What, me worry?
Thanks, but what I was referring to was early today we had indications from the NFL itself saying the plan was to play Monday even after it was acknowledged that there was a positive on the Pats, but then it was changed. Thus it wasn't a 'non-starter', the league itself was saying the game was on. Curran's article takes us through that time line.Ummmmm.....
With todays covid positive result, a one day testing/clearance timetable was a non-starter, especially after the blowback by Pats players on the record and off
Yet he didn't play the "I'm hearing more off the record" card, he's laying out his evidence, which I'm not finding to rise to the level of 'we called our shots'.I think you might be underestimating what else Curran most certainly has heard off the record. I see it the other way around and truly believe that they would have forfeited the game if the League decided to put them into a position they wouldn't feel comfortable with.
For instance, the article says:
Hey, I'm glad there's unity between team and management to play things on the safe side, and be even safer than NFL protocols suggest.Did the Patriots tell the NFL they weren’t playing in the wake of another positive COVID test emerging Sunday morning? Or did the league read the tea leaves and understand that, if they tried to push forward with the game, the hosts might have the lights off?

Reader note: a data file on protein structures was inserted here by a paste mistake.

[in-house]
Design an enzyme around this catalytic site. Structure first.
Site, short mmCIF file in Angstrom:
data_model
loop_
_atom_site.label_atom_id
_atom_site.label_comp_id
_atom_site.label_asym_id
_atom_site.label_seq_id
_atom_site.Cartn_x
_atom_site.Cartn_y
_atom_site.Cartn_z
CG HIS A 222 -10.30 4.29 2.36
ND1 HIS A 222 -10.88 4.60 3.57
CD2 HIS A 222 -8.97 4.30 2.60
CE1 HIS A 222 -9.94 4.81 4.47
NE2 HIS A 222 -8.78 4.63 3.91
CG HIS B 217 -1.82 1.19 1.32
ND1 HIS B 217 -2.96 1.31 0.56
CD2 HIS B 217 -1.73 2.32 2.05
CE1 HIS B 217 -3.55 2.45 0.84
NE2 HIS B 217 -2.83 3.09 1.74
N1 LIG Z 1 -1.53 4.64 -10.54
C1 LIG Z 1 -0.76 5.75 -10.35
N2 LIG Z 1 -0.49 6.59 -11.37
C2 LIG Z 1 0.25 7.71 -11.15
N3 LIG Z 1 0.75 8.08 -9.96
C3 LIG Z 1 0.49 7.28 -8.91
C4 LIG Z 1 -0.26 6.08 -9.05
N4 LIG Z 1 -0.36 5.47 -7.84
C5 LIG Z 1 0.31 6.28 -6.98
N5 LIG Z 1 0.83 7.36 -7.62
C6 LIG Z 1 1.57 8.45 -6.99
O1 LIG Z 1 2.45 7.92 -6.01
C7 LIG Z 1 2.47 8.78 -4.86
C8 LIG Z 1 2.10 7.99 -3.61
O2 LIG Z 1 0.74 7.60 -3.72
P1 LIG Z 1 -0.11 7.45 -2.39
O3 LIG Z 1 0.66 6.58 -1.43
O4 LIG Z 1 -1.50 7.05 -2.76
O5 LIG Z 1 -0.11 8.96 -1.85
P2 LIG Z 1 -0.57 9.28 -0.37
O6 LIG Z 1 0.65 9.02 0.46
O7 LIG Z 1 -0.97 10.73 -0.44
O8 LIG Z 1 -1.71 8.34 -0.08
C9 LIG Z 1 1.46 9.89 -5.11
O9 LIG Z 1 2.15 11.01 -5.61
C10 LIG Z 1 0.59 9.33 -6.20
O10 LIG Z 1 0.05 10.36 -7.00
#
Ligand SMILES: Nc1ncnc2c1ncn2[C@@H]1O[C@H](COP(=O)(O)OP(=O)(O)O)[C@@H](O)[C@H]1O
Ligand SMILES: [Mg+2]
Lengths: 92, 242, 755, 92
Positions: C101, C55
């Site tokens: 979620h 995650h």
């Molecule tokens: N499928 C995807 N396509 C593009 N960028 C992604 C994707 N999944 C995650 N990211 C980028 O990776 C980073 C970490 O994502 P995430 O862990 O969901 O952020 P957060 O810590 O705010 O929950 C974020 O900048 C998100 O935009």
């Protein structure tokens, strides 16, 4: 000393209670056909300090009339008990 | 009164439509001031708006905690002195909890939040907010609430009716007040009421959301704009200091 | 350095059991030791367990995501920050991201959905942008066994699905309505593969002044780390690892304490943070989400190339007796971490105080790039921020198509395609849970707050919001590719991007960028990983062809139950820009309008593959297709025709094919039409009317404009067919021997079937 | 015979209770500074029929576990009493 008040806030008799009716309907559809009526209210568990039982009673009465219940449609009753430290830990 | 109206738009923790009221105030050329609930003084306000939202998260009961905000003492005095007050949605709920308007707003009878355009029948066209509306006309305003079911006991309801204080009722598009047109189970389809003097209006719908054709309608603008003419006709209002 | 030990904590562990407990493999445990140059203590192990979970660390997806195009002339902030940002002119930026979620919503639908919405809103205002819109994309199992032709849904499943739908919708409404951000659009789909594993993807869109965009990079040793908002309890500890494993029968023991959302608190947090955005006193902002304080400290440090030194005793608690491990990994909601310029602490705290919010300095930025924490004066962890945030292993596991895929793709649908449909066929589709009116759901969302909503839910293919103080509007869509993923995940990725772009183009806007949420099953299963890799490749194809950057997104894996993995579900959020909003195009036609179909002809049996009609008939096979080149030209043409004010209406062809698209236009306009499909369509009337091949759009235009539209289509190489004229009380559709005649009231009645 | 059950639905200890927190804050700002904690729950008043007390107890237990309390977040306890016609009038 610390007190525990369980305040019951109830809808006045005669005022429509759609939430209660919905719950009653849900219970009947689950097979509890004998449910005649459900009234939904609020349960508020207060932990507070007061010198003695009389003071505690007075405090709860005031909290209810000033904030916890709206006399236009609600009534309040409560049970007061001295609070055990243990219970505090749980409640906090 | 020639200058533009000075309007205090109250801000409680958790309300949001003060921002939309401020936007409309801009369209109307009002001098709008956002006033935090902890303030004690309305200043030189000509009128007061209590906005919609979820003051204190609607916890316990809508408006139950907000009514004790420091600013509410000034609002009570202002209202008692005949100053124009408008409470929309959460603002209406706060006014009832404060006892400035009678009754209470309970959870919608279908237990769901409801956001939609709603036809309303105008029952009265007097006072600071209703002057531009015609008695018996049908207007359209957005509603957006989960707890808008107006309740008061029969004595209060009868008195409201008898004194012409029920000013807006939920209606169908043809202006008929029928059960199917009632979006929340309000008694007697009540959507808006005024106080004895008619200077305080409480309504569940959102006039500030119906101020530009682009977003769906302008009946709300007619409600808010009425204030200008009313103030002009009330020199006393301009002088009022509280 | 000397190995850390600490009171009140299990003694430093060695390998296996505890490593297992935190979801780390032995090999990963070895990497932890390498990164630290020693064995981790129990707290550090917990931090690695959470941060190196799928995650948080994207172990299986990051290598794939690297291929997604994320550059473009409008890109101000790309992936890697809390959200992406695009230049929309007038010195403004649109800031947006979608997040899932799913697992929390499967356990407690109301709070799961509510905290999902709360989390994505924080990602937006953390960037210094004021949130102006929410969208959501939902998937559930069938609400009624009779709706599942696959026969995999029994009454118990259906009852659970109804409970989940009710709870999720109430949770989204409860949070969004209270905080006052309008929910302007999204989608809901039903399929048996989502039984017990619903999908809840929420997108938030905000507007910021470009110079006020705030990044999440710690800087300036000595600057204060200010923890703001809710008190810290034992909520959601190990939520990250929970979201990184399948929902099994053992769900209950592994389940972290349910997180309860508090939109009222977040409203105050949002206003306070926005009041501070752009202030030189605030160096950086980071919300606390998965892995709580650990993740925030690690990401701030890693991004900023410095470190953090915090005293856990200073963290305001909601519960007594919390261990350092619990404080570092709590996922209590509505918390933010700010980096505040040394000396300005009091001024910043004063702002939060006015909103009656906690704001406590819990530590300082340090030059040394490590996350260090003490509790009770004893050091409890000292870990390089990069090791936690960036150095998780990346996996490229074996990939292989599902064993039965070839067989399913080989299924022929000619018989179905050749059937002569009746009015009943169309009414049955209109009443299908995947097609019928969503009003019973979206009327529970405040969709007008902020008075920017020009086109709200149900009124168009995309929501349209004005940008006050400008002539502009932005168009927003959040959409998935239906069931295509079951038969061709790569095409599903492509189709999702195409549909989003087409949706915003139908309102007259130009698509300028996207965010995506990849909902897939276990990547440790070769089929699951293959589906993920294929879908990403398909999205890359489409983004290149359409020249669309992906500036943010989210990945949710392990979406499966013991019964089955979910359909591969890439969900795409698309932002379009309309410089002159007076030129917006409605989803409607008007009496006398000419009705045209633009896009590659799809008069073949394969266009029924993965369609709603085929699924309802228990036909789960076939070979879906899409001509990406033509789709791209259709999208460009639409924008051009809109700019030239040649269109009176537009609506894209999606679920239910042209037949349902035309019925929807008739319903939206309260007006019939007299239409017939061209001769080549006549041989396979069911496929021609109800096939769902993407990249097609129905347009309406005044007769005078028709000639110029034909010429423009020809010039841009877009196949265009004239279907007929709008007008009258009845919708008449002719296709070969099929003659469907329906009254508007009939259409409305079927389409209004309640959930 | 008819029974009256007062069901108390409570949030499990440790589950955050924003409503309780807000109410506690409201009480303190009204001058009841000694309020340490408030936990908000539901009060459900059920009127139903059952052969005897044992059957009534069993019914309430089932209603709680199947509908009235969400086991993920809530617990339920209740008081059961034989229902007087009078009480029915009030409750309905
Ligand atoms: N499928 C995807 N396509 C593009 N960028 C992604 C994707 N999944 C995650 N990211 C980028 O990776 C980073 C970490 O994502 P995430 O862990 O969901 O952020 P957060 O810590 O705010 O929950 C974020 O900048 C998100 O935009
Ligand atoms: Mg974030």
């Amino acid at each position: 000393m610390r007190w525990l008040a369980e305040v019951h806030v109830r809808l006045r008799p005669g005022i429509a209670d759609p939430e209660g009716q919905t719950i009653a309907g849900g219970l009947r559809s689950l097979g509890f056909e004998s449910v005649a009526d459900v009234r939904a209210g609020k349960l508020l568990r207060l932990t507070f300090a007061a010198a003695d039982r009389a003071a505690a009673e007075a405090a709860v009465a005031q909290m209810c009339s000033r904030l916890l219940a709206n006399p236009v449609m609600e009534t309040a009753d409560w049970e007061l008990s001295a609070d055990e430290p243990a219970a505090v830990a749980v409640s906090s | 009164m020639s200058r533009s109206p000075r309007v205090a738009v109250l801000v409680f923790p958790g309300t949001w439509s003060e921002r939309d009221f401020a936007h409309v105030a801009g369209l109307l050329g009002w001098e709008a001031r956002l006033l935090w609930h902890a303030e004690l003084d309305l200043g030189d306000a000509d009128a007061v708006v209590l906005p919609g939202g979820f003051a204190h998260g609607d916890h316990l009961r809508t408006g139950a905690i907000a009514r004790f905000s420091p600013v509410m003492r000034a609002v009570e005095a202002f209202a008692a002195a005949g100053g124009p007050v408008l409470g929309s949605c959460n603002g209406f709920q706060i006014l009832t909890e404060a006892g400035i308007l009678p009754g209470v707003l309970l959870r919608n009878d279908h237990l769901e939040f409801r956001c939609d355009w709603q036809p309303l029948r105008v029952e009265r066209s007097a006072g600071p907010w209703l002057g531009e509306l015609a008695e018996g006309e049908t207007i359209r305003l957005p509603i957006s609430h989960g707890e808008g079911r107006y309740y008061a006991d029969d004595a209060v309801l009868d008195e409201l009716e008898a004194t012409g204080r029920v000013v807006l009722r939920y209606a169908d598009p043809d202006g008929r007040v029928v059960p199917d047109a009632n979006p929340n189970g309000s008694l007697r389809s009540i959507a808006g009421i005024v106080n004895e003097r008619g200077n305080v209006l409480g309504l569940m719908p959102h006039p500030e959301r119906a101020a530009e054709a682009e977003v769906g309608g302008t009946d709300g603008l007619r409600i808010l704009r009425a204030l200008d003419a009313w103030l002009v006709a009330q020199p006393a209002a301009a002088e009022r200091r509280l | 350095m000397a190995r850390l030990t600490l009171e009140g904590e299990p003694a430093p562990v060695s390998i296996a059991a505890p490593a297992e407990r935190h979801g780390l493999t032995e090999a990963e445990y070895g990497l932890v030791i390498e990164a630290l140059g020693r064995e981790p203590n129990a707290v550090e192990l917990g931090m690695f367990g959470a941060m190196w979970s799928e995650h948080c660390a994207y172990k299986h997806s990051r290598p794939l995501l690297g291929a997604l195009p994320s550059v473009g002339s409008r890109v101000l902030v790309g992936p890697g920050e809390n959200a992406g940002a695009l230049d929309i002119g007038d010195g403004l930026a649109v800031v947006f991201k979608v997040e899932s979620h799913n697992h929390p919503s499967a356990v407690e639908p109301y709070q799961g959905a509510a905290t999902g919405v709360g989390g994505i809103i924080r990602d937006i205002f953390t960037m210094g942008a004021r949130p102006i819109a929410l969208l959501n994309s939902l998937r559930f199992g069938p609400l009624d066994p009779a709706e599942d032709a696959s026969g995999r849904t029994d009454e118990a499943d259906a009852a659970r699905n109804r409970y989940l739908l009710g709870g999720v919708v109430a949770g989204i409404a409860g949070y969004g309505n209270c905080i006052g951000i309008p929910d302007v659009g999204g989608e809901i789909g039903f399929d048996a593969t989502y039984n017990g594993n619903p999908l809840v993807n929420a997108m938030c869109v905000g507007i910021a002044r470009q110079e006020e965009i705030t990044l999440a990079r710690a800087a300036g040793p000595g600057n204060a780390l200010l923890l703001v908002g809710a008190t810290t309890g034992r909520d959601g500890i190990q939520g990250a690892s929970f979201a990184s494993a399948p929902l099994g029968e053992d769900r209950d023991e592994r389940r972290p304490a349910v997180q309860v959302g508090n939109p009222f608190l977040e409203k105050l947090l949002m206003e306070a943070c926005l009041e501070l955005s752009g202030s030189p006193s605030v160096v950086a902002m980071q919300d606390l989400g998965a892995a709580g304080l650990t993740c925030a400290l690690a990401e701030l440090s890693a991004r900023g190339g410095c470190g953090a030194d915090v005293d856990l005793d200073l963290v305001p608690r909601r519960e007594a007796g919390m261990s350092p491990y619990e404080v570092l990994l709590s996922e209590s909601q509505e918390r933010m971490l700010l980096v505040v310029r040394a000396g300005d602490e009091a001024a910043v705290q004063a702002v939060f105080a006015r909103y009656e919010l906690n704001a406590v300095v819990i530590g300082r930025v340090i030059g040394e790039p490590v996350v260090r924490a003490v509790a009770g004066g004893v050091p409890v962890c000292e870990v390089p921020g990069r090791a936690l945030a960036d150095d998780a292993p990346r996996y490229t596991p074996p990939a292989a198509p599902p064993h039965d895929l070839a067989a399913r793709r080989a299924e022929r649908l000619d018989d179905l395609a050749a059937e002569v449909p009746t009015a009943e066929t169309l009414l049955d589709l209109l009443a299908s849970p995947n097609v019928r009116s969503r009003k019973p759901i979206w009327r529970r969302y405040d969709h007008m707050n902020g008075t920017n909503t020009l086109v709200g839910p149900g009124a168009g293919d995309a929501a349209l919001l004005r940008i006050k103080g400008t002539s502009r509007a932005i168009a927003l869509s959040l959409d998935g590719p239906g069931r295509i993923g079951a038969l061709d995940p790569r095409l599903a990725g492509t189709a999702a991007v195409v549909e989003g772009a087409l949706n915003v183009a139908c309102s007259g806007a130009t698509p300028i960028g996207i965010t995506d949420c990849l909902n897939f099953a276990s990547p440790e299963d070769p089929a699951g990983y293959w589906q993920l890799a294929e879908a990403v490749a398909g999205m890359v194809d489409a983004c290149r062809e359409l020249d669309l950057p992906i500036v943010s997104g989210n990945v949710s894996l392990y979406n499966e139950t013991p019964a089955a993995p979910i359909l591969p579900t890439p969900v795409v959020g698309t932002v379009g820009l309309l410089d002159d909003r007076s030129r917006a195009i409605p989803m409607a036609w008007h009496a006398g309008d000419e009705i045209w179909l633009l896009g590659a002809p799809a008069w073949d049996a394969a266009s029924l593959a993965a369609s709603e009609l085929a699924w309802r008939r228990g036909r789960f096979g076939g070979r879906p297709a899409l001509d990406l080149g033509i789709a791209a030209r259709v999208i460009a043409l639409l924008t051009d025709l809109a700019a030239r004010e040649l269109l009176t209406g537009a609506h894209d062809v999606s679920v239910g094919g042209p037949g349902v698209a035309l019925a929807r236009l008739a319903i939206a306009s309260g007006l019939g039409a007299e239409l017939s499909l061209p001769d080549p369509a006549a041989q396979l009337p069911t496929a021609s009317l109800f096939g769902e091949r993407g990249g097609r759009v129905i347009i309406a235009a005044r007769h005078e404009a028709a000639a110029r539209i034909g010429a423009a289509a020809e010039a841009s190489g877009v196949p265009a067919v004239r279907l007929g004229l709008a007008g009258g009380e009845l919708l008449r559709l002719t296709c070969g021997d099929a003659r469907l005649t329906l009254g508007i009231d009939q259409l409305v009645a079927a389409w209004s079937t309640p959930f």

We’re still trying to determine that. But either way, the Patriots – through words and deeds this week – showed they’re the ones in charge of what happens at 1 Patriot Place.
We have a rogue state in Foxboro? Maybe. If we do, it’s for all the right reasons.
All I'm saying is Curran didn't prove his case that the team called the shots. Maybe they did, maybe they did not.
Even the beginning of the article said the Patriots had 'a voice' i.e. input on the decision. That's not hard to believe. What is hard for me to believe is the Pats 'called the shots' i.e. they refused to play. If so we'd be hearing about serious penalties from NJFL.